If your expectations are for a "real" home theater experience, you will need to start with full-sized bookshelf speakers at the minimum. They don't have to be towers necessarily (although that will help) but you will need a good subwoofer. Skimp on the surrounds for now if you need to, but get those front 3.1 speakers up to par.


One option is to wait for Fry's to put the Infinity Primus P362 speakers on sale, you can sometimes get a pair of the towers for well under $300. These are very sensitive, easy-to-drive speakers (good for your entry-level receiver) that will fill up the room with sound. They are an excellent value for the money.


The used market is also a perfect idea...
 

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Energy RC-10s, Infinity Primus P362, Paradigm, Wharfedale and lots of good suggestions here. For music Polks were too bright for me. I had to change the stock tweeter to one that wasn't so bright.
 

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Discussion Starter · #16 ·

Quote:
Originally Posted by batpig /forum/post/18234947


jprier -- a big question you have to settle is what your expectations are?

While I would like a "real home theater experience", I'm not sure I would know one if I heard it. All I've ever owned have been $200-300 HTIB, and since I've lived in small places, they always seemed to "do the trick". But now that I'm making a little more money and I have more open space to fill with sound, I'm fully prepared to upgrade.


I do have a point of reference though as I used to install car stereo systems for a living (10 years ago) so I know how important good speakers and amplifiers can be and can tell a difference between a high end system and junk. I don't have the same tuned ear for home theater yet but what I have noticed is the smaller HTIB sized speakers never sounded complete.


The Polk monitors have been getting a lot of play on these forums and the prices are certainly right. I keep coming back to the size issue though. Is there an appreciable difference between the 5.25" drivers and the 6.5"? In car audio, and I'm assuming here as well, the 5.25's were a little more crisp with vocals and the 6.5's provided a touch more bass. I guess one could mix and match as well, maybe getting the 5.25's for the center channel and the 6.5's for the towers?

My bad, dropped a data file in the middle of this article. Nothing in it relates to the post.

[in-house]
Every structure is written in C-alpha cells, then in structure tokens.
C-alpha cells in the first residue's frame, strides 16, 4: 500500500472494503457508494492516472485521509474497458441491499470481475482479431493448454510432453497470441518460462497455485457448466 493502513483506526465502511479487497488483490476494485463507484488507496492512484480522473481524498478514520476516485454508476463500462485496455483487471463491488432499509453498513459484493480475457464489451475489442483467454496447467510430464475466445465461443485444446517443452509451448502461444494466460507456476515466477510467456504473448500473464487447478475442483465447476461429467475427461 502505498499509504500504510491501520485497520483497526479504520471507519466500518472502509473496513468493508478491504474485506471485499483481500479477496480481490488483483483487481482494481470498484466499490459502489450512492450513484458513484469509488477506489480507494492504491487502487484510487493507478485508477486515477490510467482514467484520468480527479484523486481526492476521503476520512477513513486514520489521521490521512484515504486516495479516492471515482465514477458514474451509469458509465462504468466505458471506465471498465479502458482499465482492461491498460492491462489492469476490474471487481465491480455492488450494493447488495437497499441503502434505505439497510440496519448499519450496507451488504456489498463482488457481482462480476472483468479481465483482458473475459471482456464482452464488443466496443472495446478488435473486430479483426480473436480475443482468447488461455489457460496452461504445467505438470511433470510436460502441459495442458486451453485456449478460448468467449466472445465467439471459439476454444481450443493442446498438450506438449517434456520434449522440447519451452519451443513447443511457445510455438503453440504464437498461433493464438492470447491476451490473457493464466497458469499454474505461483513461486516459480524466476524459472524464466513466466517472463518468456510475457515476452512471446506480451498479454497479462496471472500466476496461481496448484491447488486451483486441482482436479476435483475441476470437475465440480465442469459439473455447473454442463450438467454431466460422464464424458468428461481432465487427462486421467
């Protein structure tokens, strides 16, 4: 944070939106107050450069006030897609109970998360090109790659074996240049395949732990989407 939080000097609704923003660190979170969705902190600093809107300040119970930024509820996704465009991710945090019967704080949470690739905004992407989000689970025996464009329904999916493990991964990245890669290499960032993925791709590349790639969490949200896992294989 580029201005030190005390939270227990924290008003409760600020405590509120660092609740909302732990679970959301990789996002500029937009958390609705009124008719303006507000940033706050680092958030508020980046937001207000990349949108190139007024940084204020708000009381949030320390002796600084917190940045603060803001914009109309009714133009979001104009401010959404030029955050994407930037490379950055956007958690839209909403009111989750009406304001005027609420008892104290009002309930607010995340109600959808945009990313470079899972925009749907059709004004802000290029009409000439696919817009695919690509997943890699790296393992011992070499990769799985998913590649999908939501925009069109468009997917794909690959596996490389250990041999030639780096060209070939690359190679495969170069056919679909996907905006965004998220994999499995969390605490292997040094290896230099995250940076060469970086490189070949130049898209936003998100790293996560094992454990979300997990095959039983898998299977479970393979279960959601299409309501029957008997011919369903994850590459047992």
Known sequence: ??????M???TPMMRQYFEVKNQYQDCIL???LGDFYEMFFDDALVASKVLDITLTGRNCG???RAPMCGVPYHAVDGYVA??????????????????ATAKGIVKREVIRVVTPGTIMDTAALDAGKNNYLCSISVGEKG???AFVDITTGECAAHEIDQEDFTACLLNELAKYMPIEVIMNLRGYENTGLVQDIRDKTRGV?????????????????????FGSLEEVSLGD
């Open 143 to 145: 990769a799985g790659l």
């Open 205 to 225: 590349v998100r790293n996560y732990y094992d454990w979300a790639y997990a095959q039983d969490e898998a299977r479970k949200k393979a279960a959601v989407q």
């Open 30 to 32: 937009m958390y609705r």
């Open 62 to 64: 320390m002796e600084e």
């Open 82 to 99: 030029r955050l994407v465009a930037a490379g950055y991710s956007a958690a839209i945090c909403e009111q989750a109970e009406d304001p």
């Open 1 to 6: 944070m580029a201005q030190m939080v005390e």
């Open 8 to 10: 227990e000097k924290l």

Decisions decisions...
 

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If you can, try to find a place to listen to them. I believe Best Buy carries the newer versions of the Monitors, the TSi or something like that. Ask if you can take a couple pairs into the Magnolia demo room and see if you like them. But most importantly, don't bias yourself by thinking the size of the drivers is going to be the biggest determining factor. Just go in thinking that they're two different sets of speakers with two different sounds.

Quote:
I wouldn't rule out a set of old-school Model 6 bookshelves from Cambridge Soundworks. 2-way with nice 8-inch woofers for $99 a pair and I can't find any bad reviews on them. Many people report great music performance when paired with a subwoofer. I haven't ever heard these before but I am considering trying them out after reading all the good reviews. I mean, $99, free in-home trial, if I don't like them, I can send them back.

I am very familiar with Cambridge Soundworks speakers and have heard the Model 6 on many occasions. They are excellent for their price point, however the speakers I mentioned are a step above. The Paradigm Monitors are more directly comparable with now discontinued CSW Newtons, like the M60 and M80 (which I own). The Model 6 doesn't exactly have the best aesthetics either....They aren't something I'd really want in my living room, as good of a value as they are.

Quote:
It's better to buy larger driver based speakers, even if they aren't the best sounding. If your receiver has an auto-tune, it's going to help out the speakers upper mids and highs a little, but NOTHING can help anemic dynamics and bass performance. No EQ or processing can make a small speaker perform like a larger one at high volume (perhaps at low to medium volume until it runs out of xmax, then it sound like it's dying).